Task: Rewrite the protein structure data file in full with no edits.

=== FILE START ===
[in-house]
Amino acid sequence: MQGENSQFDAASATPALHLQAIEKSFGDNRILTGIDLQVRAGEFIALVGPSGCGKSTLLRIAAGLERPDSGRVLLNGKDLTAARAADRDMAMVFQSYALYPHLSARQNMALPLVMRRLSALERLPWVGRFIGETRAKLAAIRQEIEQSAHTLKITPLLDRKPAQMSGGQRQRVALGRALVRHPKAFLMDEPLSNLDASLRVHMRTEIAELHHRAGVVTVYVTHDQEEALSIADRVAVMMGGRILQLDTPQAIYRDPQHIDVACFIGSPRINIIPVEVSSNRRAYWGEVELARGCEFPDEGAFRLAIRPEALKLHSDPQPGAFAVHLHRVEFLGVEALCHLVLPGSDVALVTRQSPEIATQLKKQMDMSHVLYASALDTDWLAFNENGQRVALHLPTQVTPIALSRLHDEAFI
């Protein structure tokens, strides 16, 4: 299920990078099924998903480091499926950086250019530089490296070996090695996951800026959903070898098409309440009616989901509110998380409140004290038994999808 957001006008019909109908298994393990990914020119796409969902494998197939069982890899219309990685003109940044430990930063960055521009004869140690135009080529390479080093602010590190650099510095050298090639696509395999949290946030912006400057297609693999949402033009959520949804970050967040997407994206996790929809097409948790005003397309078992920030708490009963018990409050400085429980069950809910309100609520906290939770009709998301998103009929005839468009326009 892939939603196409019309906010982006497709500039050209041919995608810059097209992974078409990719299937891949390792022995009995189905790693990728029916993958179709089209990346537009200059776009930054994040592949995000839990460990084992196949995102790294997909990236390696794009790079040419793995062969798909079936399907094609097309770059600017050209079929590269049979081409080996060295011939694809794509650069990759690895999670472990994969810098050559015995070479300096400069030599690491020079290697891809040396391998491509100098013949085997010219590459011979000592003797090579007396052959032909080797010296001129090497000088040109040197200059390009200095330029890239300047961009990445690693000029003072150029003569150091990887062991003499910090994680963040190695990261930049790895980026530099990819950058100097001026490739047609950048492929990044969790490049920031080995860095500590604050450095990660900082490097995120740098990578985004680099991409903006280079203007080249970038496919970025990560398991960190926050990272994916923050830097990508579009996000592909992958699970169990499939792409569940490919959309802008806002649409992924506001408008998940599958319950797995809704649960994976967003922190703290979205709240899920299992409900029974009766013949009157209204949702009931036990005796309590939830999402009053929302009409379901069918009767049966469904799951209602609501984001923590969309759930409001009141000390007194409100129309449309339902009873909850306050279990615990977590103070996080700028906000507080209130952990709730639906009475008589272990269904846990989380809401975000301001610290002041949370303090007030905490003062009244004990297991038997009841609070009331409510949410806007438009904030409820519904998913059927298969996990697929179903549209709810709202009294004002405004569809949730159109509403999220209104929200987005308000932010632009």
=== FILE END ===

[in-house]
Amino acid sequence: MQGENSQFDAASATPALHLQAIEKSFGDNRILTGIDLQVRAGEFIALVGPSGCGKSTLLRIAAGLERPDSGRVLLNGKDLTAARAADRDMAMVFQSYALYPHLSARQNMALPLVMRRLSALERLPWVGRFIGETRAKLAAIRQEIEQSAHTLKITPLLDRKPAQMSGGQRQRVALGRALVRHPKAFLMDEPLSNLDASLRVHMRTEIAELHHRAGVVTVYVTHDQEEALSIADRVAVMMGGRILQLDTPQAIYRDPQHIDVACFIGSPRINIIPVEVSSNRRAYWGEVELARGCEFPDEGAFRLAIRPEALKLHSDPQPGAFAVHLHRVEFLGVEALCHLVLPGSDVALVTRQSPEIATQLKKQMDMSHVLYASALDTDWLAFNENGQRVALHLPTQVTPIALSRLHDEAFI
């Protein structure tokens, strides 16, 4: 299920990078099924998903480091499926950086250019530089490296070996090695996951800026959903070898098409309440009616989901509110998380409140004290038994999808 957001006008019909109908298994393990990914020119796409969902494998197939069982890899219309990685003109940044430990930063960055521009004869140690135009080529390479080093602010590190650099510095050298090639696509395999949290946030912006400057297609693999949402033009959520949804970050967040997407994206996790929809097409948790005003397309078992920030708490009963018990409050400085429980069950809910309100609520906290939770009709998301998103009929005839468009326009 892939939603196409019309906010982006497709500039050209041919995608810059097209992974078409990719299937891949390792022995009995189905790693990728029916993958179709089209990346537009200059776009930054994040592949995000839990460990084992196949995102790294997909990236390696794009790079040419793995062969798909079936399907094609097309770059600017050209079929590269049979081409080996060295011939694809794509650069990759690895999670472990994969810098050559015995070479300096400069030599690491020079290697891809040396391998491509100098013949085997010219590459011979000592003797090579007396052959032909080797010296001129090497000088040109040197200059390009200095330029890239300047961009990445690693000029003072150029003569150091990887062991003499910090994680963040190695990261930049790895980026530099990819950058100097001026490739047609950048492929990044969790490049920031080995860095500590604050450095990660900082490097995120740098990578985004680099991409903006280079203007080249970038496919970025990560398991960190926050990272994916923050830097990508579009996000592909992958699970169990499939792409569940490919959309802008806002649409992924506001408008998940599958319950797995809704649960994976967003922190703290979205709240899920299992409900029974009766013949009157209204949702009931036990005796309590939830999402009053929302009409379901069918009767049966469904799951209602609501984001923590969309759930409001009141000390007194409100129309449309339902009873909850306050279990615990977590103070996080700028906000507080209130952990709730639906009475008589272990269904846990989380809401975000301001610290002041949370303090007030905490003062009244004990297991038997009841609070009331409510949410806007438009904030409820519904998913059927298969996990697929179903549209709810709202009294004002405004569809949730159109509403999220209104929200987005308000932010632009």